Herod does not know if what he is hoping for will take place

Acts 16:19 ¶ But when her masters saw that their hope of aprofit was suddenly gone, they seized bPaul and Silas and cdragged them into the marketplace before the authorities,

anticipated profit did not happen

Acts 24:26 At the same time he was also hoping that amoney would be given to him by Paul; therefore he also used to send for him quite often and talk with him.

he did not get the bribe he hoped for

Acts 23:6 ¶ But Paul, perceiving that one group were aSadducees and the other Pharisees, began crying out in bthe 1Council, “2cBrothers, dI am a Pharisee, a son of Pharisees; I am on trial for ethe hope and resurrection of the dead!”

all dead are to be resurrected (after life)

Acts 24:15 having a hope in God, which athese men cherish themselves, that there shall certainly be a resurrection of both the righteous and the wicked.

he says it again here, all are resurrected, righteous and wicked

Eph. 1:18 I pray that athe eyes of your heart 1may be enlightened, so that you will know what is the bhope of His ccalling, what are dthe riches of the glory of eHis inheritance in fthe 2saints,

but the righteous are resurrected to an afterlife of inheritenance from God

So we are not wishing or hoping that something “might take place 

we are looking forward to that something that will take place and  just waiting for the actual timing of the fulfillment of this promised thing.

we would not have this hope except for the resurrection.

The earliest creeds in christendom focused upon three primary facts about Jesus:

  1. Deity
  2. Death
  3. Defeat over Death (Resurrection)

of all three, christianity is known as the only resurrection religion in the world

his deity “He claimed it”

his death “he paid it”

his resurrection “he proved it”

The resurrection of our Lord is supposed to give us hope, confirm that our hope is accurately placed and focused

the resurrection of Jesus is Him saying “I told you so”

Our hope has very little to do with our “camping trip” down here in this present age 

Our hope looks forward to spending eternity with our Lord, wherever He is, in perfected bodies and minds that are capable of perfect sinless fellowship with Him and each other.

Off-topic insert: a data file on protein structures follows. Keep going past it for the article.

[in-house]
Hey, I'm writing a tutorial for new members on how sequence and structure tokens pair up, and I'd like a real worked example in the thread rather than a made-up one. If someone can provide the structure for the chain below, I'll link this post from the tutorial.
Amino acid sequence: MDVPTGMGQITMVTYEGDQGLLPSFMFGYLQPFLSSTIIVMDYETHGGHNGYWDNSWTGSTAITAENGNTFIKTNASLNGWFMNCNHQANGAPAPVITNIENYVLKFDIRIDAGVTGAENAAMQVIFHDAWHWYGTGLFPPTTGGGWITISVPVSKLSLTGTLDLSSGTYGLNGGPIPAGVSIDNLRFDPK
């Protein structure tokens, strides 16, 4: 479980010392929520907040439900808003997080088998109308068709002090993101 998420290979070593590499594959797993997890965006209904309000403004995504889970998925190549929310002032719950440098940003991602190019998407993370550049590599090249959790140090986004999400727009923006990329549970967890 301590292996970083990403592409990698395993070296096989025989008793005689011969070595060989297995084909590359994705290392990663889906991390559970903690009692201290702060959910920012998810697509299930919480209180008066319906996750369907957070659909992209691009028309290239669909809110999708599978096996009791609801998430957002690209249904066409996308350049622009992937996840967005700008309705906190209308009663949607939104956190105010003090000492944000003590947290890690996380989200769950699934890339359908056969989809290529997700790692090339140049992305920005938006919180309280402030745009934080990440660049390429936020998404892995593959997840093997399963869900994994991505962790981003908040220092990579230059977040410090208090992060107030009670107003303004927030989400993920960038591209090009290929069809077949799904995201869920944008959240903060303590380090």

the teachings of Jesus speak of:

  • entering into the joy of the master
  • a marriage supper
  • mansions
  • streets paved with gold
  • no tears or sorrow
  • ruling with Him
  • new earth where lions lay with lambs
  • freedom from sin
  • glorified body and minds
  • seeing our Lord as He is because we will be like Him

these are not mere possibilities

the are certain promises that true believers will enjoy for all eternity.

that is the hope spoken of for believers to hold to, the hope that we are supposed to have an answer ready for

2Cor. 3:12aTherefore, having such a hope, bwe use great boldness in our speech,

have you every noticed that the most common prayer request (the thing most desired by Paul) was for him to have boldness to share this hope ?


2Cor. 3:12aTherefore, having such a hope, bwe use great boldness in our speech,


2Cor. 10:1 ¶ Now aI, Paul, myself burge you by the cmeekness and gentleness of Christ—I who dam 1meek when face to face with you, but bold toward you when absent!


2Cor. 10:2 I ask that awhen I am present I need not be bold with the confidence with which I intend to be courageous against bsome, who regard us as if we walked caccording to the flesh.


2Cor. 11:21 To my ashame I must say that we have been bweak by comparison.  But in whatever respect anyone else cis bold—I am dspeaking in foolishness—I too am bold.


Eph. 3:12 in whom we have boldness and 1aconfident baccess through faith 2in Him.


Eph. 6:19 and apray in my behalf, that speech may be given to me bin the opening of my mouth, to make known with cboldness dthe mystery of the gospel,


Phil. 1:20 according to my aeager expectation and bhope, that I will not be put to shame in anything, but that with call boldness, Christ will even now, as always, be dexalted in my body, ewhether by life or by death.


1Th. 2:2 but after we had already suffered and been atreated abusively in bPhilippi, as you know, we had the boldness in our God cto speak to you the dgospel of God 1amid much 2eopposition.



The translators of the NIV and the NASB disagree on where to use this English word and its cognates (such as “boldness” and “embolden”). Yet each group of translators draws from one of three Greek words when selecting “bold” as a rendering

  • tharreo = confidence
  • parresia = frankness
  • tolmao = courageous

Each Greek word shares a common cluster of meanings and is translated in the NIV and the NASB in a number of ways: confidence, courage, openness, boldness, and outspoken frankness. The rendering used depends on the sense of the passage and the translators’ judgment of what best expresses the meaning of the original.

without the His resurrection, there is no foundation to be bold about

without eager anticipation of our resurrection, there is no hope for another to ask about (for us to explain)

for me, the resurrection means:

  • no death or pain
  • no sin clouding my mind and heart
  • knowing Jesus as He is (enjoying true fellowship with my Lord (who IS eternal life)

the resurrection means “knowing God” as He is because we will be as we were meant to be from the beginning.

That is a hope worth dying for because it’s a hope worth living for.